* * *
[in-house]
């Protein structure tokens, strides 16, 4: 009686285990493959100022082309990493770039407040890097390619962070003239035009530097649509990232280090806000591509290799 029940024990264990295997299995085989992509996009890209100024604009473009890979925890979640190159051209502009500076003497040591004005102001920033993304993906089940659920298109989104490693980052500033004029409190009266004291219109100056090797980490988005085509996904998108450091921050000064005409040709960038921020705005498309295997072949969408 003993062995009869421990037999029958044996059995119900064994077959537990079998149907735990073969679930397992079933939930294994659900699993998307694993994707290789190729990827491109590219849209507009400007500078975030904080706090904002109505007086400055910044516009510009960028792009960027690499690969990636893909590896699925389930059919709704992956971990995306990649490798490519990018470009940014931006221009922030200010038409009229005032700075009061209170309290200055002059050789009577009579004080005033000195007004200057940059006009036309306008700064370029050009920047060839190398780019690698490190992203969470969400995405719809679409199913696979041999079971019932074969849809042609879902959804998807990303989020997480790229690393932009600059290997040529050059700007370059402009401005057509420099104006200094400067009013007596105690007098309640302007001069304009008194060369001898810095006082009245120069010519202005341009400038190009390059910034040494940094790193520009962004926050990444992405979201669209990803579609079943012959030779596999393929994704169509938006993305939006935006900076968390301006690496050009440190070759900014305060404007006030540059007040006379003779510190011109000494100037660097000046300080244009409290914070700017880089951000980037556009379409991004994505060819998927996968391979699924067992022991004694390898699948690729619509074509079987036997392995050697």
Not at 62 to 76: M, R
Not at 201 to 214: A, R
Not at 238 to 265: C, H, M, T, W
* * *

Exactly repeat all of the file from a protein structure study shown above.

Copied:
[in-house]
């Protein structure tokens, strides 16, 4: 009686285990493959100022082309990493770039407040890097390619962070003239035009530097649509990232280090806000591509290799 029940024990264990295997299995085989992509996009890209100024604009473009890979925890979640190159051209502009500076003497040591004005102001920033993304993906089940659920298109989104490693980052500033004029409190009266004291219109100056090797980490988005085509996904998108450091921050000064005409040709960038921020705005498309295997072949969408 003993062995009869421990037999029958044996059995119900064994077959537990079998149907735990073969679930397992079933939930294994659900699993998307694993994707290789190729990827491109590219849209507009400007500078975030904080706090904002109505007086400055910044516009510009960028792009960027690499690969990636893909590896699925389930059919709704992956971990995306990649490798490519990018470009940014931006221009922030200010038409009229005032700075009061209170309290200055002059050789009577009579004080005033000195007004200057940059006009036309306008700064370029050009920047060839190398780019690698490190992203969470969400995405719809679409199913696979041999079971019932074969849809042609879902959804998807990303989020997480790229690393932009600059290997040529050059700007370059402009401005057509420099104006200094400067009013007596105690007098309640302007001069304009008194060369001898810095006082009245120069010519202005341009400038190009390059910034040494940094790193520009962004926050990444992405979201669209990803579609079943012959030779596999393929994704169509938006993305939006935006900076968390301006690496050009440190070759900014305060404007006030540059007040006379003779510190011109000494100037660097000046300080244009409290914070700017880089951000980037556009379409991004994505060819998927996968391979699924067992022991004694390898699948690729619509074509079987036997392995050697």
Not at 62 to 76: M, R
Not at 201 to 214: A, R
Not at 238 to 265: C, H, M, T, W